Harmonix's main product, Guitar Hero, is a console game developed for Sony's PlayStation 2 that equips players with a simulator that looks like a guitar while promising them the ability to feel like a rock star without knowing how to play music or even leaving their bedroom.
The goals of the deal, which is to be announced Friday, are broader than putting the MTV logo on a Harmonix game box: For instance, the company wants to offer visitors to its Web sites, its new virtual worldsthe ability to play along with, or remix, their favorite songs.
"It is about people coming to MTV who areon deeper and deeper levels," said Christina Norman, the president of MTV. "It's not just about wearing the T-shirt."
Norman insisted that, particularly with its spin-off channels and Web offshoots. "Realistically speaking, there is more music available on all of the platforms of MTV--wherever the audience wants it--than there has ever been before," she said in an interview.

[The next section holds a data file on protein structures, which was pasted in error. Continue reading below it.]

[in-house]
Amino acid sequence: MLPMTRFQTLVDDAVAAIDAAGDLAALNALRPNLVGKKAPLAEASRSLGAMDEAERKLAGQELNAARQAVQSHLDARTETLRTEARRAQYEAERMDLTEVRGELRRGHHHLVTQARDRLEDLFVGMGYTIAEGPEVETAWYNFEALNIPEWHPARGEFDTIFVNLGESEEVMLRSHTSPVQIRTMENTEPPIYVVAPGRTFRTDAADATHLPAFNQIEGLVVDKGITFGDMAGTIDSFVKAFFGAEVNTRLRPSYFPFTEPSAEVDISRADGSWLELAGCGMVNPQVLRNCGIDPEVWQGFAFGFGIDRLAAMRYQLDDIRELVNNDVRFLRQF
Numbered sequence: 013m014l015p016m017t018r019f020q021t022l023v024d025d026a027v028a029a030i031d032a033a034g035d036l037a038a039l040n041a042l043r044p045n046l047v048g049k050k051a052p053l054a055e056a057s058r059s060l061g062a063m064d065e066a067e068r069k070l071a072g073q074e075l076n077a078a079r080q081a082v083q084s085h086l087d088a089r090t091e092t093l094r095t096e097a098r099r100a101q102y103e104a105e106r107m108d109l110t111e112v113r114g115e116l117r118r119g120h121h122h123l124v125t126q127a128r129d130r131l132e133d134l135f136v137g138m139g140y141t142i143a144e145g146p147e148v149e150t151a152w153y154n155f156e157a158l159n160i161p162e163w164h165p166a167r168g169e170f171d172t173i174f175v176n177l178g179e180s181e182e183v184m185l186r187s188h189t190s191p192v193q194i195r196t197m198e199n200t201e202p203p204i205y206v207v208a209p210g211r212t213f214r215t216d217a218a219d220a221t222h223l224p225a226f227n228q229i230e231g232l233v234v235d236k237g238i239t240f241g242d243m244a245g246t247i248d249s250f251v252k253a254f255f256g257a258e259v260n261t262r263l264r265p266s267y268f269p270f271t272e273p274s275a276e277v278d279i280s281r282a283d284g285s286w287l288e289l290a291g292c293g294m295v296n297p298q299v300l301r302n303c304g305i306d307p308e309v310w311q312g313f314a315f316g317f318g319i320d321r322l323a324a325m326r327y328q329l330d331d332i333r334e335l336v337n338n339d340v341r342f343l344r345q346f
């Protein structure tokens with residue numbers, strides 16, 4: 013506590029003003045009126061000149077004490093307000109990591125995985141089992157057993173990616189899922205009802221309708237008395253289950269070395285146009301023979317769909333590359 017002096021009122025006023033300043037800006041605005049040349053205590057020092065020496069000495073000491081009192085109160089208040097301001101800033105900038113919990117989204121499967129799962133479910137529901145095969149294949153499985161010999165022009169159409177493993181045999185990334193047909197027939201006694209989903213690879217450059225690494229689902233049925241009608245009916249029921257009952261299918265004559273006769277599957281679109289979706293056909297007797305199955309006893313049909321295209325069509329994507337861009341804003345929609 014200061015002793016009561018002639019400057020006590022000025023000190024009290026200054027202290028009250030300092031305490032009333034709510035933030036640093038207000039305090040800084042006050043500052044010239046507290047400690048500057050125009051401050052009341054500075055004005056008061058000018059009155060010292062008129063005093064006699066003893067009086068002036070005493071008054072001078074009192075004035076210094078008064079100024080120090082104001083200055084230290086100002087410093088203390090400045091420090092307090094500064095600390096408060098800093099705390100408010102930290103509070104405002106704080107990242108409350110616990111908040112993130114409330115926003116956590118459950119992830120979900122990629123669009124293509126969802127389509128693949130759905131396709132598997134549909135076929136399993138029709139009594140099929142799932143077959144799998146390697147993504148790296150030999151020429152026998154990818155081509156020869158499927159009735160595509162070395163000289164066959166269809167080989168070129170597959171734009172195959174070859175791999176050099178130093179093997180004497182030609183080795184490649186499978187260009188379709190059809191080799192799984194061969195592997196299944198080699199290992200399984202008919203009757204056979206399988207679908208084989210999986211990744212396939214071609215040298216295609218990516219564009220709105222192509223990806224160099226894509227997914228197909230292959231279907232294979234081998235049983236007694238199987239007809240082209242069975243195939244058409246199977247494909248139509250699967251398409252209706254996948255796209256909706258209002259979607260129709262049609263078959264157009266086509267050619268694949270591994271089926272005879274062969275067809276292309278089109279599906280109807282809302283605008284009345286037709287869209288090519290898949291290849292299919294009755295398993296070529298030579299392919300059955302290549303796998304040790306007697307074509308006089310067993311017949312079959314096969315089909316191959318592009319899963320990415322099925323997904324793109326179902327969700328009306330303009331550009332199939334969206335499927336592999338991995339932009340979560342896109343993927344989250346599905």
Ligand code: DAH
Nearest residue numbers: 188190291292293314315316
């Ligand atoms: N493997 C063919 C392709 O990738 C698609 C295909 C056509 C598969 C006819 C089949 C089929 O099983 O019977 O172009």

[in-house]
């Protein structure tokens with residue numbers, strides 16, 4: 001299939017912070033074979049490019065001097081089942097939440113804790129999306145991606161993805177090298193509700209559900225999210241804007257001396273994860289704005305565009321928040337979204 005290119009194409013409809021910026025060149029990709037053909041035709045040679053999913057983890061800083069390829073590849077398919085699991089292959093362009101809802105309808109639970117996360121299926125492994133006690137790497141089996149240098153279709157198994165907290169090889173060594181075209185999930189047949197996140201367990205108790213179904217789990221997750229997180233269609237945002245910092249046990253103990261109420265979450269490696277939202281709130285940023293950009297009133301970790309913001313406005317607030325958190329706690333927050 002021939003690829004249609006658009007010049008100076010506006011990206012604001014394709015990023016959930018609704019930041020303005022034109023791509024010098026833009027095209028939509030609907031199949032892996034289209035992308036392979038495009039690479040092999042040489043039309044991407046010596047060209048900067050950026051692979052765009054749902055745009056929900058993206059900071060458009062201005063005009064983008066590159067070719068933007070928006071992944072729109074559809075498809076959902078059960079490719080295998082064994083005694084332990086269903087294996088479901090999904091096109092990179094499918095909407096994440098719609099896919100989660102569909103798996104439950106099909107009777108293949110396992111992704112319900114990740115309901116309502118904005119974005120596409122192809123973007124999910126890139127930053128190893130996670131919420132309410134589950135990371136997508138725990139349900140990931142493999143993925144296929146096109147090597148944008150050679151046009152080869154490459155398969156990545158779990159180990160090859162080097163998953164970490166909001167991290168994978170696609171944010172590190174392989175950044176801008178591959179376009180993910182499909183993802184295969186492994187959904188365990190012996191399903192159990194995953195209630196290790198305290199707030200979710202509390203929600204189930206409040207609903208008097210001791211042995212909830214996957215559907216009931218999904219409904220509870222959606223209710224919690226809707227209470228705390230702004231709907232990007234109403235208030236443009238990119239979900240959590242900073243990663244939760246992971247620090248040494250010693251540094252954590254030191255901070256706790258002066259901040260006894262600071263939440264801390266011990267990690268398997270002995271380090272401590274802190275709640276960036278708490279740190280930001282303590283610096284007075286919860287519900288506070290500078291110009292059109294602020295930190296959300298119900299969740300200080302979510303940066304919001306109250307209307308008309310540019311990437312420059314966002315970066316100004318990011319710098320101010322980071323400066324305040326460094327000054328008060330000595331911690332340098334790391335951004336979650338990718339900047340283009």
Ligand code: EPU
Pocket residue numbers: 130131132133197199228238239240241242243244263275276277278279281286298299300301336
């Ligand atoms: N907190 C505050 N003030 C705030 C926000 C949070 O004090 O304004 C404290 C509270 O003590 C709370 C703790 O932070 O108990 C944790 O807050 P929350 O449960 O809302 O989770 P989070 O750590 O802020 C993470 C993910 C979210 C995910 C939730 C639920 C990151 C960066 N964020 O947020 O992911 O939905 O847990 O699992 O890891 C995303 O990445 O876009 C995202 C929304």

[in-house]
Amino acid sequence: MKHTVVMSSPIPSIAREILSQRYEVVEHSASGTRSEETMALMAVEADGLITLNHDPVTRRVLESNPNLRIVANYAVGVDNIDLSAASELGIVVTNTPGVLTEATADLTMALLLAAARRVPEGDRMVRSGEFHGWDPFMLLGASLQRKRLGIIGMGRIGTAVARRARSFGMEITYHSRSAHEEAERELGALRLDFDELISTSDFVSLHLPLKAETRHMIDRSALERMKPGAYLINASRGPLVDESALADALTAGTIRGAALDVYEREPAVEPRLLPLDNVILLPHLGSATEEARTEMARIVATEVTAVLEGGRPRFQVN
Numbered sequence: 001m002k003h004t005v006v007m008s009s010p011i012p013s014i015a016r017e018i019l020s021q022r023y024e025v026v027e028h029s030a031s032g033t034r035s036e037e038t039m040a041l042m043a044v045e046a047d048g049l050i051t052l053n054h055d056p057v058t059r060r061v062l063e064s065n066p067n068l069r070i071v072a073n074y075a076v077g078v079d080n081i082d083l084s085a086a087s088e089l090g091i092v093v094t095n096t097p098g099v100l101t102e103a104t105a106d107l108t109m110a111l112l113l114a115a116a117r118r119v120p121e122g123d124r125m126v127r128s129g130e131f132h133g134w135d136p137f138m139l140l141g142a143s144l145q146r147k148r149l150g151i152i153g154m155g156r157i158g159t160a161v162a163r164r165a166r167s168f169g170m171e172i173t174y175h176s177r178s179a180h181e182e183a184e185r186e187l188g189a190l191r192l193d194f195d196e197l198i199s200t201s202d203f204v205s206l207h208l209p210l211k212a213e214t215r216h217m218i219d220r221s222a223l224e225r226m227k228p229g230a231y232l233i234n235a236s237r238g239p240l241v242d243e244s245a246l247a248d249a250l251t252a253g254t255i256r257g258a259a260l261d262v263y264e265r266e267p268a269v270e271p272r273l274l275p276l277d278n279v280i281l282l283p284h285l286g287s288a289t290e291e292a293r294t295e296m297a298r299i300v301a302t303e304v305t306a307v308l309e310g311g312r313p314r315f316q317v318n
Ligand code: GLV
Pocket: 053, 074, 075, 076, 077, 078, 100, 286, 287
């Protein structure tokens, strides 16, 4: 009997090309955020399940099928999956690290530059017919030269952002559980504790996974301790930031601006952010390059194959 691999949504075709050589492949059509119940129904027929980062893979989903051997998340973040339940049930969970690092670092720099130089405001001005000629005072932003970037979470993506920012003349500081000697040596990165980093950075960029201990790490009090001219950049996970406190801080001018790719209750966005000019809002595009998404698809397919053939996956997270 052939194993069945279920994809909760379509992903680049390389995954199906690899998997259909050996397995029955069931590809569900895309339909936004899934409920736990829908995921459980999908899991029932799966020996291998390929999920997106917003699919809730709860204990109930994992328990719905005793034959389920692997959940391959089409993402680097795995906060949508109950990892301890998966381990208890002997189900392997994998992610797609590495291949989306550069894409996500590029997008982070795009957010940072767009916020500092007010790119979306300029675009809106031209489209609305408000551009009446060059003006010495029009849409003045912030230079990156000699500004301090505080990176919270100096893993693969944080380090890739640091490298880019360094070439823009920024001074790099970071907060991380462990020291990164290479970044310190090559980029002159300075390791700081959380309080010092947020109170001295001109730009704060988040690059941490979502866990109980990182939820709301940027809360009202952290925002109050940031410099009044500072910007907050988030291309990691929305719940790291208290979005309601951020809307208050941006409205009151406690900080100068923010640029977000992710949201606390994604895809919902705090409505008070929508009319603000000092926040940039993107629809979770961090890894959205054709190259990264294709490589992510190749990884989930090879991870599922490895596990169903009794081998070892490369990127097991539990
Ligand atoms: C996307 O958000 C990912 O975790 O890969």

The purchase of Harmonix by MTV Networks, the cable-programming unit of Viacom, is the second music-related digital acquisition by a media conglomerate recently. Last week,, a seller of ring tones and other products for mobile phones, for $188 million.
In addition to Guitar Hero, Harmonix has developed a line of karaoke game prograMTV executives said they hoped to promote those programs, but also make them available on its Web sites and in VMTV, the digital virtual world it is introducing next year.
Harmonix is based in Cambridge, Mass., and was founded by Alex Rigopulos, its chief executive, and Eran Egozy, its chief technology officer, who are both staying with the company.